10.8 SNAP, TOO, and Unpredictable Sources Observations with COS

The COS photon-counting detectors can be harmed by exposure to bright light. Because all COS observations must be checked at STScI by a Contact Scientist to confirm that both the intended target and all nearby objects lie within safe-brightness limits, the total number of targets accepted for all COS and STIS MAMA SNAP programs will be limited to 150 per cycle.

For similar reasons, when planning Target of Opportunity (TOO) observations COS observers must ensure that sufficient time is available to allow for STScI screening of targets for compliance with safety limits. Ultra-rapid TOOs, (<2 days), are not allowed with COS. No COS observations will be performed until the bright object screening has been completed. This process can be greatly accelerated by preliminary discussions with the assigned Contact Scientist to clarify the information that the observer will need to provide to STScI and the criteria that will be used to determine if the target is safe to observe.

In the case of irregular variables that are either known to undergo unpredictable outbursts, or belong to classes of objects that are subject to outbursts, the proposer must determine whether the target will violate the bright object limits during outburst. Note that COS ISR 2017-01 provides specific guidance for evaluating the suitability of M dwarfs for observation. If a violation is possible, the proposer must outline a strategy that will ensure that the target is safe to observe with COS. The observing strategy might include additional observations, obtained over a timescale appropriate to the particular type of variable object, with either HST or ground-based telescopes. If HST data are to be used for this purpose, the required orbits must be requested in Phase I (see Call for Proposals). STScI reserves the right to limit the number of visits requiring quiescence verification observations within 20 days or less of an HST observation to no more than 12 such visits per Cycle. Further details about these procedures are presented in ACS ISR 2006-04. The general policies described there apply to the STIS/MAMA and COS detectors as well, with suitable scaling for the differences in the exact Bright Object Protection (BOP) limits for each detector and mode. These limits are described in the individual instrument handbooks.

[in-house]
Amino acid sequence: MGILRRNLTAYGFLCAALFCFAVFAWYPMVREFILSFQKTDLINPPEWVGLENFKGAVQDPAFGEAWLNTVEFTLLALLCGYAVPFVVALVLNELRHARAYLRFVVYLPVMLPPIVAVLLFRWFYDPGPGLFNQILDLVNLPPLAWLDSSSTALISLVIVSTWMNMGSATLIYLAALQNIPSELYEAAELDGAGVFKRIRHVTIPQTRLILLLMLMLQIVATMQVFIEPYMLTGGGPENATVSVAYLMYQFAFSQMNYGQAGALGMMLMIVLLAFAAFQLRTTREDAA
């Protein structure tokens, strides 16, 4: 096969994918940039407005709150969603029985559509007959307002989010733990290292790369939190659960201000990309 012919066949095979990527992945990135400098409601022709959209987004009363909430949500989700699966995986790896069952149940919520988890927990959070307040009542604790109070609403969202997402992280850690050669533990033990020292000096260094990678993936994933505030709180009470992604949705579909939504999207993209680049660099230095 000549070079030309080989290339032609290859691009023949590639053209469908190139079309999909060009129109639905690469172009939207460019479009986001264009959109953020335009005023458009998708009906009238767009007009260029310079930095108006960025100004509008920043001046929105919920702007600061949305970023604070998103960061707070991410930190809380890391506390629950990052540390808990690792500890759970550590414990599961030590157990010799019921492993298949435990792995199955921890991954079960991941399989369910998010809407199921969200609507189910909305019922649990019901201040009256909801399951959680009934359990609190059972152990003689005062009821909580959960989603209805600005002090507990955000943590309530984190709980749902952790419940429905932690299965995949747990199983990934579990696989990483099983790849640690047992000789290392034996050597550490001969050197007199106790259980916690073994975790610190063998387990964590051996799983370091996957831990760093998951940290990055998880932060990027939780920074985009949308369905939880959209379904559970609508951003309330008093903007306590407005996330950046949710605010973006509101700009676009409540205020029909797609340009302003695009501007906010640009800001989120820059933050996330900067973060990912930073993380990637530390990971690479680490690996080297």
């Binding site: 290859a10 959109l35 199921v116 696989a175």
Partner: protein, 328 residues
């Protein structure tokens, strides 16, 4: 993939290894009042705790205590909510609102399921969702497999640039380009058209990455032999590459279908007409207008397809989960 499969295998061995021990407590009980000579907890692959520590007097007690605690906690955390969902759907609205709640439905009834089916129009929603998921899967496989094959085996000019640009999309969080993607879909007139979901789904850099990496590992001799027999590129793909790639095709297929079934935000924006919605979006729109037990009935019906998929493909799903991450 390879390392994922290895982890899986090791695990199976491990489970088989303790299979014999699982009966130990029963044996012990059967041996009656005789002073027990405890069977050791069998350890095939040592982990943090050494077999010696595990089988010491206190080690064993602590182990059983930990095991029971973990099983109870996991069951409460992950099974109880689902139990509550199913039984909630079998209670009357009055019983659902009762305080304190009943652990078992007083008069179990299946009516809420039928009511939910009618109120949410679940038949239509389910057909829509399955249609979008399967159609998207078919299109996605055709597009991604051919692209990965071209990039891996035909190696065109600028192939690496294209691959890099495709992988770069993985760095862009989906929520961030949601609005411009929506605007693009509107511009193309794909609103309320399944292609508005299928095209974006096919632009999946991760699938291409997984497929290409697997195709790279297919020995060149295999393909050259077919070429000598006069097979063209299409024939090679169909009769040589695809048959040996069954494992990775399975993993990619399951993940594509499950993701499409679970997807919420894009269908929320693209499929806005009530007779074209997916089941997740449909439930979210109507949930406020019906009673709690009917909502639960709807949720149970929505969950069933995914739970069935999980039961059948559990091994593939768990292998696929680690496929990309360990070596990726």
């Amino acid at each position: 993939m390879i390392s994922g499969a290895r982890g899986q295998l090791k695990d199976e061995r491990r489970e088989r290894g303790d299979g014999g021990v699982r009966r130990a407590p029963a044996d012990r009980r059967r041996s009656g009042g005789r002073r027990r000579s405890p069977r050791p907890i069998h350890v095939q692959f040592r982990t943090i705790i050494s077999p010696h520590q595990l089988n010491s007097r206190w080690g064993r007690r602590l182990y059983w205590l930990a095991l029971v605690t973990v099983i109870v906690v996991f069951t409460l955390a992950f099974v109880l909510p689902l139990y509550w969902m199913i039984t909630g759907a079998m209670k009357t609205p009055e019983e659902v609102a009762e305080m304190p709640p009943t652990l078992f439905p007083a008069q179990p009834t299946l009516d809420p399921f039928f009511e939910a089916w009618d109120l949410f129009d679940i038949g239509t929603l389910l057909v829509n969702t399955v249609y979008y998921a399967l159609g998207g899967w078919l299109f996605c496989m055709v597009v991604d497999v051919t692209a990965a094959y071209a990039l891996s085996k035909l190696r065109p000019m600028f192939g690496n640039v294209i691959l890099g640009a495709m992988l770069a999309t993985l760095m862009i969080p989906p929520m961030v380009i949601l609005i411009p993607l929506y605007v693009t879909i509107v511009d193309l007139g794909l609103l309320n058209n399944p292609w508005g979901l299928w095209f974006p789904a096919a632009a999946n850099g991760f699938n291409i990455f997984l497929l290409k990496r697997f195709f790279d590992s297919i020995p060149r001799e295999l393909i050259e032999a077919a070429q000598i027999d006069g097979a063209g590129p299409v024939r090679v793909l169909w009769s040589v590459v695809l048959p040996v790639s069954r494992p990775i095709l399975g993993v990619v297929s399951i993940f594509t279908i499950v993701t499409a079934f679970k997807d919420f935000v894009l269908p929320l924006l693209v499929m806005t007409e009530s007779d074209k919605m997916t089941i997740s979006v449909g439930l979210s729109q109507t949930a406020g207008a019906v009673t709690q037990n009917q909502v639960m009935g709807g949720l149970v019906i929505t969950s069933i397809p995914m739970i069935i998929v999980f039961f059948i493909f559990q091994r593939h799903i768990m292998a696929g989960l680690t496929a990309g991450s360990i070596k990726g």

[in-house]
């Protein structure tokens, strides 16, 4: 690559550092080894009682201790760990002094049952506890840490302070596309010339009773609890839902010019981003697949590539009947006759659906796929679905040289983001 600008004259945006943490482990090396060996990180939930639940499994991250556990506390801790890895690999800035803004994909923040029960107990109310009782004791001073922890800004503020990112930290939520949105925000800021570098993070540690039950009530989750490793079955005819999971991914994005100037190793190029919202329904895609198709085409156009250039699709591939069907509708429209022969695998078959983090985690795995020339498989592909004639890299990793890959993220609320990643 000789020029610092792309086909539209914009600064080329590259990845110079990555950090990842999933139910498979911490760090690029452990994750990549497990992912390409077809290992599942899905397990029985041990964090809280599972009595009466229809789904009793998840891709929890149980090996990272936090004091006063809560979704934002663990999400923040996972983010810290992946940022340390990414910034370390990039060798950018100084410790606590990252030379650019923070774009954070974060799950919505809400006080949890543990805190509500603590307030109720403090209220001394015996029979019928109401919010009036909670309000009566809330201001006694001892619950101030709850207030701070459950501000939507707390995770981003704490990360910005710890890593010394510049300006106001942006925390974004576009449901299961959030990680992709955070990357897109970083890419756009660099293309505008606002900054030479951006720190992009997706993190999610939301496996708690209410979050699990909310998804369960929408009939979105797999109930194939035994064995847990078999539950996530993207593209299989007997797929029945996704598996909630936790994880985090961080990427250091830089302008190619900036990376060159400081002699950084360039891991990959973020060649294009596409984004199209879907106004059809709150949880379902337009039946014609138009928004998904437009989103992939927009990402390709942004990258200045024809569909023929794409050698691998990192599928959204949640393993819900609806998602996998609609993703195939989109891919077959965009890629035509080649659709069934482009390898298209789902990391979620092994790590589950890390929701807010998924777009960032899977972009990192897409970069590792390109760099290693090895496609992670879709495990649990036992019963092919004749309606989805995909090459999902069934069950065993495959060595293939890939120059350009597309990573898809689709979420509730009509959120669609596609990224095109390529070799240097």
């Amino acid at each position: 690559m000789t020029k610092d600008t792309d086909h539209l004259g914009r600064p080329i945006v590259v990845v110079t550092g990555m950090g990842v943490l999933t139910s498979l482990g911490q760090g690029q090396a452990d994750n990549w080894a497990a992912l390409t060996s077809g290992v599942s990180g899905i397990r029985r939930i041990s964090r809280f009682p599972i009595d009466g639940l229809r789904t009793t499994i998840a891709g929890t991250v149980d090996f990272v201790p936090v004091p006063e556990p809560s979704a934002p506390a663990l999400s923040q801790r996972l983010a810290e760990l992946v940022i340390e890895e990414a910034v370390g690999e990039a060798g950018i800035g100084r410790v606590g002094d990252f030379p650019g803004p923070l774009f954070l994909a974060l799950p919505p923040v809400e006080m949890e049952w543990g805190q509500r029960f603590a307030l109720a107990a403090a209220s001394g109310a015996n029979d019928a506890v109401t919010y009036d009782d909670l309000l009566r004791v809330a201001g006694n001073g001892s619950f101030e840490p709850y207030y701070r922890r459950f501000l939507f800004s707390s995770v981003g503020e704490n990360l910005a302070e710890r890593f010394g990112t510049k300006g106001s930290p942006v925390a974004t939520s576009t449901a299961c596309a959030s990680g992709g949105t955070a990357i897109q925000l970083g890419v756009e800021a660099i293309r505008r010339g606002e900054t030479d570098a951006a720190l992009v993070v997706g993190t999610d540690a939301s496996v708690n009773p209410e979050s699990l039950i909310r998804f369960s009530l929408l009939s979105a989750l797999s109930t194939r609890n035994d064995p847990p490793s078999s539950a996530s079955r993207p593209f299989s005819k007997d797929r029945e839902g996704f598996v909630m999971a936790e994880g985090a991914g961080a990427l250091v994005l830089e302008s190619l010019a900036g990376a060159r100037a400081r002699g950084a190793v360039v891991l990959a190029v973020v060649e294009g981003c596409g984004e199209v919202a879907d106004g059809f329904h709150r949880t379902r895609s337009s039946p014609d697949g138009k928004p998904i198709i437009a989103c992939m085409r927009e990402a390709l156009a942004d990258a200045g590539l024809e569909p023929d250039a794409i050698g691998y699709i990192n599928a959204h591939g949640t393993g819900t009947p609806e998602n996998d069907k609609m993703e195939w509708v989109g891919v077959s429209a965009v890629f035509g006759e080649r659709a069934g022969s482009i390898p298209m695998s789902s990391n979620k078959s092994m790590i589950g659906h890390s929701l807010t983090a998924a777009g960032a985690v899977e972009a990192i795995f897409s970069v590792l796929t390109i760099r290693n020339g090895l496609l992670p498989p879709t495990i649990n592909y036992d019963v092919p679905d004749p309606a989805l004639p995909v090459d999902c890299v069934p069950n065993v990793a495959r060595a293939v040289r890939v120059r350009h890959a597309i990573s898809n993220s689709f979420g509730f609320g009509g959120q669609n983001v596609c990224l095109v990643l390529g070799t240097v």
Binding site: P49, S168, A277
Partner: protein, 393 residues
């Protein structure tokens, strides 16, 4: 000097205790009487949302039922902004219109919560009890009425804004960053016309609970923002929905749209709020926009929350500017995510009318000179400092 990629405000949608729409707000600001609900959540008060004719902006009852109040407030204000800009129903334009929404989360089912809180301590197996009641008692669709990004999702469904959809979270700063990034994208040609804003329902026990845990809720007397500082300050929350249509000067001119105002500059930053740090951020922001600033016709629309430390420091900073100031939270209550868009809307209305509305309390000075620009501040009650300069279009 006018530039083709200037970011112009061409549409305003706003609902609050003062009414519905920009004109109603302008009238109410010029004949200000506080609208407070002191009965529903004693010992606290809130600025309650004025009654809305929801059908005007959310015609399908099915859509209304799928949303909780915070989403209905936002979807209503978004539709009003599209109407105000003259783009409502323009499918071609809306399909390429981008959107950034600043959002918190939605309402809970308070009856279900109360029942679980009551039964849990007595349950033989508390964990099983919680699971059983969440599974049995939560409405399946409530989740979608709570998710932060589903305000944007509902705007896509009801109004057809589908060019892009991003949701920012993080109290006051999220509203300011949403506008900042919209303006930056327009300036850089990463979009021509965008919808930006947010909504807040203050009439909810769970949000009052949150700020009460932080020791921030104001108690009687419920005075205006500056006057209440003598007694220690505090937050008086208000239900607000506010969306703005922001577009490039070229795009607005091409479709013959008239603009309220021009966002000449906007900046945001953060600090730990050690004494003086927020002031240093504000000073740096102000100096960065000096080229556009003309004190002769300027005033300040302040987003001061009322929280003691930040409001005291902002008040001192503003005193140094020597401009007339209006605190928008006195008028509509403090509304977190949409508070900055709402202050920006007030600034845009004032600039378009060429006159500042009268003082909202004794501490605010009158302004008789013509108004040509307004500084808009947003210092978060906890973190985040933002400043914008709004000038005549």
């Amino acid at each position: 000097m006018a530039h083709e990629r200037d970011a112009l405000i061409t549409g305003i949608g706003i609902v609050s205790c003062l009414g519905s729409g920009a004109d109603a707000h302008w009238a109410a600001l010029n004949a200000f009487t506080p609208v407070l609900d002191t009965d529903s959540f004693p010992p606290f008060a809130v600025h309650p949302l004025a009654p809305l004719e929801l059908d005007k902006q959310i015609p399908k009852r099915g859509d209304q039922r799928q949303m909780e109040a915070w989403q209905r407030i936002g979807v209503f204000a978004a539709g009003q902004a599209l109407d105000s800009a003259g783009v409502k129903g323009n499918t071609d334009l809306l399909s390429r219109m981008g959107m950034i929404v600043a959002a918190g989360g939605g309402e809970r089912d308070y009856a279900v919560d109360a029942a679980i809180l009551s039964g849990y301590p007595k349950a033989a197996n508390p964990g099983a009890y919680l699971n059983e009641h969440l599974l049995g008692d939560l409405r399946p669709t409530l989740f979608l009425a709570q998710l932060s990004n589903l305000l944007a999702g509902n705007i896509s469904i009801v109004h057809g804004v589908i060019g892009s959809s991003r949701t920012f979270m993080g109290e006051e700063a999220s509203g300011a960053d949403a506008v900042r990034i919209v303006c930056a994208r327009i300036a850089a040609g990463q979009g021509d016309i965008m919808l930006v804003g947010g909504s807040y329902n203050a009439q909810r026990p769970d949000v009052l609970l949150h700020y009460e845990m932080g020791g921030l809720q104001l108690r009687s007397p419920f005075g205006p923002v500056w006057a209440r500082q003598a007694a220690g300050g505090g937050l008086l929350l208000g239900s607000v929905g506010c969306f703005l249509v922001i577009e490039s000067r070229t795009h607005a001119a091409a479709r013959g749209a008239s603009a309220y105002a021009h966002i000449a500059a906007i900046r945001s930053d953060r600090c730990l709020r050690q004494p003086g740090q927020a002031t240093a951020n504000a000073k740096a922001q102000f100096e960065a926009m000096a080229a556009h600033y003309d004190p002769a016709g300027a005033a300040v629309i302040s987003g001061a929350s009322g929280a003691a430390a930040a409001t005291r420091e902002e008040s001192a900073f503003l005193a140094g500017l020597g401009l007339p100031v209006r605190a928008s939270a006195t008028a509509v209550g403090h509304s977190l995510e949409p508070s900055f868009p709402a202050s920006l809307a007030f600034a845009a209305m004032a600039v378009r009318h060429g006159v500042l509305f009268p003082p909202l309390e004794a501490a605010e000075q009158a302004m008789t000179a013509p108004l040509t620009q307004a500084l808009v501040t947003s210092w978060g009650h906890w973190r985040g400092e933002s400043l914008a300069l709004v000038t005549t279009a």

For more information on these and other policies pertaining to HST observing, please see the Call for Proposals.